Editor’s note: The rate of unemployment in Nigeria is greatly alarming and this is reason Nigerian universities are enjoined to make entrepreneurial studies compulsory for all the students regardless of their courses so that they could become job creator rather than job seekers after their graduation.
In this article, Great Austin, the NAIJ.com reporter interviewed Mercy Onyeka Obah, a graduate of computer science from Benson Idahosa University, Benin City, Edo state on why she opted for shoe making after her graduation.
Miss Mercy Onyeka Obah is a 2013 graduate of computer science. She studied at Benson Idahosa University, Benin City, Edo state. Miss Obah hails from Umuogbe in Aniocha north local government area of Delta state.
Our reporter ran into her on Thursday, September 21, 2017 at Asaba, the Delta state capital. The meeting was accidental but it provided an opportunity to know about a university graduate who, though a computer graduate, is into shoe making.
She said: “I make and sell sandals for men.” She was courageous and bold. Her approach tells of a business oriented individual who is interested in winning customers and seek their patronage.
And truly, she did. She won my heart. And being a journalist, coupled with her sincerity, I decided to inquire into how she fares in the business of shoemaking and why she opted for shoemaking as a lady and thereafter a graduate of computer science.
Obah told our reporter that she graduated in 2013 from Benson Idahosa University in Benin City and did her National Youth Service Corps (NYSC) in Rivers state. But while in the service, she discovered a shoemaking skill that could fetch her living and stand her out among her peers.
She used the opportunity. She said she learnt the skill of shoemaking during the compulsory service year in Port Harcourt.
In her words: “I learnt shoemaking when I was serving in Rivers state. And when I came out of the service, I went to learn more about it. That was when I developed real interest in shoemaking. Thereafter, I proceeded to Agege in Lagos where I was brought up to continue the training after my service year in 2015. It was a skill I liked; hence I opted to go for it.”
Although shoemaking seems to be a man’s world, Miss Obah said she found it interesting making shoes for both men and women. She said after two years of making shoes in Lagos, she moved over with her parents to Asaba and now she is used to it and does it well.
“I’m coping with all the involvements. I have the strength and zeal for it. I get encouragement from other people, my friends around me and family members. Yes, my family members are giving me the needed encouragement and support. They give me their support, that is what is making me going and pushing forward,” Obah said.
Although she studied computer science at the university, she said she has liking for shoemaking. She explained that she finds shoemaking more interesting and appealing compared to the computer science she studied at the university.
“I have always liked fashion when I was a kid. I used to look up all fashion sections of any magazine or paper I saw. The styles and designs fascinated me. That was why I was quick to enroll myself when I got the opportunity during my NYSC.
“My vision is to get my own fashion label for male and female leather works like shoes, sandals, bags and belts and will also like to go to fashion school to improve my skills and to meet international standards,” she said.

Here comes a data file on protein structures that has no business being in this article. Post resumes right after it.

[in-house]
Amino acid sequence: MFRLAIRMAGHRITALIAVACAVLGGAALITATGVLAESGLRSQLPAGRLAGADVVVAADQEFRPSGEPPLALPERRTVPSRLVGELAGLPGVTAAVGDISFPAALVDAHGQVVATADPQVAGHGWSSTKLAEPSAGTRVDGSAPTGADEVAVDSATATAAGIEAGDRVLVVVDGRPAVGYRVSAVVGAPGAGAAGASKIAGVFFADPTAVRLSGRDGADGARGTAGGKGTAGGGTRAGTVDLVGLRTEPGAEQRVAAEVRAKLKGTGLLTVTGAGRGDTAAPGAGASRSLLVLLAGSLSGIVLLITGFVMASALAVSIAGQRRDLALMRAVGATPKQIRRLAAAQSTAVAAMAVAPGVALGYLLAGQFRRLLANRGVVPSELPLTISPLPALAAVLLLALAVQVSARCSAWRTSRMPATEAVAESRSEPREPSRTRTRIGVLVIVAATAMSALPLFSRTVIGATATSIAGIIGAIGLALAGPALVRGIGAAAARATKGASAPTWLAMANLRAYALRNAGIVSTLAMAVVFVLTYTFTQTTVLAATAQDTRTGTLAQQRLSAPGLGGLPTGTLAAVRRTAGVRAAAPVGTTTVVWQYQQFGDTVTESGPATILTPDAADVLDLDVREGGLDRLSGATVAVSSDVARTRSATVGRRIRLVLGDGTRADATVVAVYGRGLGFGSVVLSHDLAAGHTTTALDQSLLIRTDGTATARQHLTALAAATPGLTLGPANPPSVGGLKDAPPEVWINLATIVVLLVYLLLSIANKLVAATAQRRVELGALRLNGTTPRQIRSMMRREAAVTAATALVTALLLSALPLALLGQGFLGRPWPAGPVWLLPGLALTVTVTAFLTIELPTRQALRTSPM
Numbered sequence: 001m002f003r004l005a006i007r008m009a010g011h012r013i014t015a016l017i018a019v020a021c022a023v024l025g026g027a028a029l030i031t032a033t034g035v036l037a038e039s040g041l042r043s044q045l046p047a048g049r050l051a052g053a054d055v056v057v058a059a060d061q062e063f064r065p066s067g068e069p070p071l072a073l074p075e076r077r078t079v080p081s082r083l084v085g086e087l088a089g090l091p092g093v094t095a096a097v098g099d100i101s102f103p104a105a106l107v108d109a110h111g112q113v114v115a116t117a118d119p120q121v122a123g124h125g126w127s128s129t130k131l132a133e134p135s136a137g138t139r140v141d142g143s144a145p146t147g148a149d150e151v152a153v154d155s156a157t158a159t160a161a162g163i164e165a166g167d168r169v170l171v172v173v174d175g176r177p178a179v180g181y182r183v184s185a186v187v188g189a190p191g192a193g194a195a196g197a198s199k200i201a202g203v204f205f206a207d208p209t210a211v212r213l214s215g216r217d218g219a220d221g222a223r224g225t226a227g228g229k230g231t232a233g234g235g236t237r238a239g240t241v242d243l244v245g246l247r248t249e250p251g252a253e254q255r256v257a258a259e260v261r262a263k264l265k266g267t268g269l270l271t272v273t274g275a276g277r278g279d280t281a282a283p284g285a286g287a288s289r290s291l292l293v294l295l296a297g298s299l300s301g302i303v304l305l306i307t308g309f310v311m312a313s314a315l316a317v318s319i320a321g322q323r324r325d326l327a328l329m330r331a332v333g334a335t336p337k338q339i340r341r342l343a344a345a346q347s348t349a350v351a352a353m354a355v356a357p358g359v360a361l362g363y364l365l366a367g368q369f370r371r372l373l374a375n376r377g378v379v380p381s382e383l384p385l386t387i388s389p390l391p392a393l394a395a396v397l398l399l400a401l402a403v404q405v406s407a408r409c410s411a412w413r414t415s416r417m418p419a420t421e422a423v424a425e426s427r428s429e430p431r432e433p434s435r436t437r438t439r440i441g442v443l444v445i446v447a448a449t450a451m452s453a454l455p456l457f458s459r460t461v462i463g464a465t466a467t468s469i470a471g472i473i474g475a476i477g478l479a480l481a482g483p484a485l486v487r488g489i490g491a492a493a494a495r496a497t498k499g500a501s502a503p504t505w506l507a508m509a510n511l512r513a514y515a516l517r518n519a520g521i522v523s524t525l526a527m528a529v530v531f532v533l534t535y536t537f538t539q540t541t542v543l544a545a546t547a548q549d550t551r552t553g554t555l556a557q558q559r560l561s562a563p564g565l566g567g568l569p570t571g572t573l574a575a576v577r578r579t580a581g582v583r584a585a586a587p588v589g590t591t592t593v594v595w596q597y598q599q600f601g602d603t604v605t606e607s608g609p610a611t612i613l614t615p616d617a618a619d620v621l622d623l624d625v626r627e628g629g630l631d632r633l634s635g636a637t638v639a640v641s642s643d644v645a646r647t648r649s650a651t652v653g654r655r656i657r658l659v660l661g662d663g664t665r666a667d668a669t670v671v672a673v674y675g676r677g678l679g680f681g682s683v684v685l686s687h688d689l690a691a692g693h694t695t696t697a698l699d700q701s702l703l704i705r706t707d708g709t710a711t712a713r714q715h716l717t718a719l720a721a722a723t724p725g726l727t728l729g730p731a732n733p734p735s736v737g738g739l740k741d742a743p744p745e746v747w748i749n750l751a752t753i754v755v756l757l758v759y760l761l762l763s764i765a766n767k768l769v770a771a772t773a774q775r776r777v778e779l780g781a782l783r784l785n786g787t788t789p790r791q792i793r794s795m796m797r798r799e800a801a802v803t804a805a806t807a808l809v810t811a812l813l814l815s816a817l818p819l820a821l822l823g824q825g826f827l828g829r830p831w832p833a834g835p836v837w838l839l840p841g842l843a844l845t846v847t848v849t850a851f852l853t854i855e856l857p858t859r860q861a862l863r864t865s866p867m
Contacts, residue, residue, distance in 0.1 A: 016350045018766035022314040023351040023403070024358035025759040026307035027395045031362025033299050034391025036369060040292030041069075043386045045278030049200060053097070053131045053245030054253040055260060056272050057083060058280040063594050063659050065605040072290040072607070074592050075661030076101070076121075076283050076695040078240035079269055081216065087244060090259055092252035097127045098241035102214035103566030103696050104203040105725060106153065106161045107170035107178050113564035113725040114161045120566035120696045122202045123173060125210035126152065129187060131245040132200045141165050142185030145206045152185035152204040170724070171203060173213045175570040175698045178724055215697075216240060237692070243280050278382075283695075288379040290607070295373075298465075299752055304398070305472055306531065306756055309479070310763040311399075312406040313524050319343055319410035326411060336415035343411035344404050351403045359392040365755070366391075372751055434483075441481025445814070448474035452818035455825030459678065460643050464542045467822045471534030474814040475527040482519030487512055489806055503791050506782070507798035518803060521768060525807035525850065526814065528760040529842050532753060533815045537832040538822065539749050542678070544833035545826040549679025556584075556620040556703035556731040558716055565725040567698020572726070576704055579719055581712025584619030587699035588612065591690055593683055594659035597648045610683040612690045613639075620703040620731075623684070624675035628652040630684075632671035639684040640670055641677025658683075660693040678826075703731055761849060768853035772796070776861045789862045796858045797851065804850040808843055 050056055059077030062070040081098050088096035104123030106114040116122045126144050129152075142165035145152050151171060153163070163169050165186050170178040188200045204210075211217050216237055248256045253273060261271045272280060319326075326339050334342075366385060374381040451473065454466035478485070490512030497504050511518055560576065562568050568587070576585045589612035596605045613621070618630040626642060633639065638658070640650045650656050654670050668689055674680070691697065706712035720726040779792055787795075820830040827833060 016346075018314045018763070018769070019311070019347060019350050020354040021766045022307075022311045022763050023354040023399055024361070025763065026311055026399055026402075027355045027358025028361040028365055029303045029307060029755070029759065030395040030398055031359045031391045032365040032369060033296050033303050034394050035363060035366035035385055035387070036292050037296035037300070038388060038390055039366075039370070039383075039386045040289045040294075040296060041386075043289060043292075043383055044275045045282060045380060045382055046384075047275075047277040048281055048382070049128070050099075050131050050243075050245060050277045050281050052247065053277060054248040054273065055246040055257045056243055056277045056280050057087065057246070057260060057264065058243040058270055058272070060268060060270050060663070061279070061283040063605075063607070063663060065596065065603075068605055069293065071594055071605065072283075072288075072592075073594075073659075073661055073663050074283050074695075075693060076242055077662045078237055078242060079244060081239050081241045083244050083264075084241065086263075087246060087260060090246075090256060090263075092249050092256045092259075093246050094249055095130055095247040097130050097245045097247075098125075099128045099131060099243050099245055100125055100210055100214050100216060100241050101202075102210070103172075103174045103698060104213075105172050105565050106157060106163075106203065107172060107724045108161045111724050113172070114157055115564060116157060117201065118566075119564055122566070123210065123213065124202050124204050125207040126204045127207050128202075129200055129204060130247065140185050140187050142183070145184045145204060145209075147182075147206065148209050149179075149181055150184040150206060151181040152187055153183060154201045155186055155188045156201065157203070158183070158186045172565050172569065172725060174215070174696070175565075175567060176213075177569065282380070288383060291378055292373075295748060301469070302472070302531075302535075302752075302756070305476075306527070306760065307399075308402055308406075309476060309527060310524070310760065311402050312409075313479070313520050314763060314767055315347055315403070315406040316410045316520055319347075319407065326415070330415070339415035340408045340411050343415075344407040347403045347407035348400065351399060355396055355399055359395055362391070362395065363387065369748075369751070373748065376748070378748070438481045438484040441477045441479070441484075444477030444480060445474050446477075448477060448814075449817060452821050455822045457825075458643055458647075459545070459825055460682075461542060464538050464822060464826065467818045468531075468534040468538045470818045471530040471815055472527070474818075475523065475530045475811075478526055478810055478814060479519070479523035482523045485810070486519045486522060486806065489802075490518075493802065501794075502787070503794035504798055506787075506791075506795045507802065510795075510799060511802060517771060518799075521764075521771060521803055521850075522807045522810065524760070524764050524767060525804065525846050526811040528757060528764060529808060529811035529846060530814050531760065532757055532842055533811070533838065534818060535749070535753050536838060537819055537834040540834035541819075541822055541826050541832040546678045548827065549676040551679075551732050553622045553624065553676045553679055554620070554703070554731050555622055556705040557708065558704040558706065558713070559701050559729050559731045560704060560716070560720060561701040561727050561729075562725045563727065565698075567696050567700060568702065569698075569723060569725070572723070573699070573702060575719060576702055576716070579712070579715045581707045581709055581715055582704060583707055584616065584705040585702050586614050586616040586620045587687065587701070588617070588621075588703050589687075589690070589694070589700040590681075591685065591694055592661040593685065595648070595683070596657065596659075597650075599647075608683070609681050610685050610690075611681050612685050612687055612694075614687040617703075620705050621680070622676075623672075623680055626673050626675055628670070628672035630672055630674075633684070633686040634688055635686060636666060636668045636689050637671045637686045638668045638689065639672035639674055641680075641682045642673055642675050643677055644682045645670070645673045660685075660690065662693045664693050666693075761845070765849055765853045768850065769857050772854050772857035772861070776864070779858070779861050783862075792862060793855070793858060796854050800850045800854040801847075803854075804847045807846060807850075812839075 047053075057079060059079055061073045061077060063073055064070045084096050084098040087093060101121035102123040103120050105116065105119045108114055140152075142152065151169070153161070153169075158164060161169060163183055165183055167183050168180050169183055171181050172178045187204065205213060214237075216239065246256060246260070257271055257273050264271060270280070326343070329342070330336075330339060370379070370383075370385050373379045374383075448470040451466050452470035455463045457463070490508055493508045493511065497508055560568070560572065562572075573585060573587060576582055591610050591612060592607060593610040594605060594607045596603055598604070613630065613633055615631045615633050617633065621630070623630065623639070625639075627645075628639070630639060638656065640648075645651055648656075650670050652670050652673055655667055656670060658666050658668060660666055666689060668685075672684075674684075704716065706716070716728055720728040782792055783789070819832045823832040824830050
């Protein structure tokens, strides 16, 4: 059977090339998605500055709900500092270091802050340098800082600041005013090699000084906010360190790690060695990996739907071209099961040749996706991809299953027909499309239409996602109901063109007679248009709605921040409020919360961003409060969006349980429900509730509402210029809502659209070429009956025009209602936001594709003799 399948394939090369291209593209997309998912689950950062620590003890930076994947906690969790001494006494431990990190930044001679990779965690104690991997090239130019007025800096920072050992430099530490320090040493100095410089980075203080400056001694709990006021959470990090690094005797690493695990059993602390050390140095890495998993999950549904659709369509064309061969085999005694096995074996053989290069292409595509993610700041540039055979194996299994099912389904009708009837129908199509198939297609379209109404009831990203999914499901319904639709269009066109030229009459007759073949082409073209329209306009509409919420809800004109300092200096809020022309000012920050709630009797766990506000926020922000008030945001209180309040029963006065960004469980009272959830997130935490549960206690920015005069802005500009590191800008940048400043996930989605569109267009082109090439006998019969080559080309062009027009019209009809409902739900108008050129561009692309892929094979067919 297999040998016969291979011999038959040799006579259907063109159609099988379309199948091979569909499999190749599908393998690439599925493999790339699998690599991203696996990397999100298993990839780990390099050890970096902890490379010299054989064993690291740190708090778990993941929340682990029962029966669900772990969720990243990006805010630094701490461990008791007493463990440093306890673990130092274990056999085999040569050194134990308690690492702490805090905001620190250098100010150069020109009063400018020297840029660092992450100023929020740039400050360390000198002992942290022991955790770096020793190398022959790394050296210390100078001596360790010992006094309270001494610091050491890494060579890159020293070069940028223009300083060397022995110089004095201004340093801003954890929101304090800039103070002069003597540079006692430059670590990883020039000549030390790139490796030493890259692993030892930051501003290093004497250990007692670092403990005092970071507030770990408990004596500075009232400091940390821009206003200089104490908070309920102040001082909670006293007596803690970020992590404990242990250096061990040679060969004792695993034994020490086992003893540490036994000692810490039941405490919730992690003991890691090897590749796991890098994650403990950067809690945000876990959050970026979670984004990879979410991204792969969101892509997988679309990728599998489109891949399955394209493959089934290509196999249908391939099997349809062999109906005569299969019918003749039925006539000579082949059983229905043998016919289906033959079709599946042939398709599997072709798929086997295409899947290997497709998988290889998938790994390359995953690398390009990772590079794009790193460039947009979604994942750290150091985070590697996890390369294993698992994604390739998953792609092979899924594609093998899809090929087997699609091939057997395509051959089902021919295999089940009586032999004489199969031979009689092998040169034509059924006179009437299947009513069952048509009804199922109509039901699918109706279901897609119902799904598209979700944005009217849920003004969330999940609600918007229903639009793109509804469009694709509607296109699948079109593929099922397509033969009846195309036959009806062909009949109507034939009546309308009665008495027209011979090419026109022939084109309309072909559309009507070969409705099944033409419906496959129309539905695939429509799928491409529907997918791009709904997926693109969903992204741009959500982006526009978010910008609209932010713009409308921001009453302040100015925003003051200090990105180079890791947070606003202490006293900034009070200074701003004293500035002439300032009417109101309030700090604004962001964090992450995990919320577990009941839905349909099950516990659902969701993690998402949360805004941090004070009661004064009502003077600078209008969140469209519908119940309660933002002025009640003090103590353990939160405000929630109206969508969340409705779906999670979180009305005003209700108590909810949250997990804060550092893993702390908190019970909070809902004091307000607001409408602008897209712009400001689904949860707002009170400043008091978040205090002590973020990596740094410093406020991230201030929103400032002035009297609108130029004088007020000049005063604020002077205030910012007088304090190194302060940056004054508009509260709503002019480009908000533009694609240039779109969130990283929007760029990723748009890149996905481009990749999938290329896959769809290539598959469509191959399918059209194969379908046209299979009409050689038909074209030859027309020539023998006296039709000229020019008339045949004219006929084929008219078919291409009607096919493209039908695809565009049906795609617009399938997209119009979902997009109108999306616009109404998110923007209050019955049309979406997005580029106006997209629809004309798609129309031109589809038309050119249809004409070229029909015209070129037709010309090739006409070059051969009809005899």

When asked whether she could leave the shoemaking for another job if opportunity comes her way, she said leaving her shoemaking would depend on the pay coming from the job.
She would rather prefer working for herself to working for someone, who would be utilizing her creativity to enrich themselves. But if government opens opportunity which is favourable to her, she agreed she would quit and key in. The shoemaking business she started in October 2015 in Lagos, she said, is fetching her money for her living, though yet to be married.
“I make money out of it, people are patronizing me from everywhere. I tell people myself and they come and buy. People in Lagos call me for sandals. When I’m through with it, I waybill it to them. Even from Port Harcourt, people call me to make sandals for them. I have filing machines, I have stamp, I have industrial machines to do the job,” Obah further explained.
She said she travels to Lagos on regular basis from where she gets her raw materials for the shoes. For her, she is comfortable as she could take care of herself from her earnings.
Comparing her industry with other girls who prefer hanging out with men for quick money, she said it pays to work hard and make a living for oneself, rather than hanging out with men and depending on them. She abhors letting herself down for whatever reason. And she is willing to stand by it.
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“I prefer working for myself than selling my body to make money. I’m happy that I’m into a shoe making business, working for myself. By next year, God willing, I see myself moving to a new level.
“Girls or boys looking for easy ways to make money should turn around. They need to work for themselves, they need to find something doing to help themselves out and their families. I don’t like surviving through someone but by my sweat and the grace of God.
“I’m enjoying what I’m doing. I’m doing it at home for now but before next year ends, I should be able to get a shop for it. The computer science I studied is aside for now,” Obah said.
Meanwhile, NAIJ.com had previously reported a graduate of English and Literary Studies from the Ekiti state University prides herself in making uniquely different foot-wears for both men and women.
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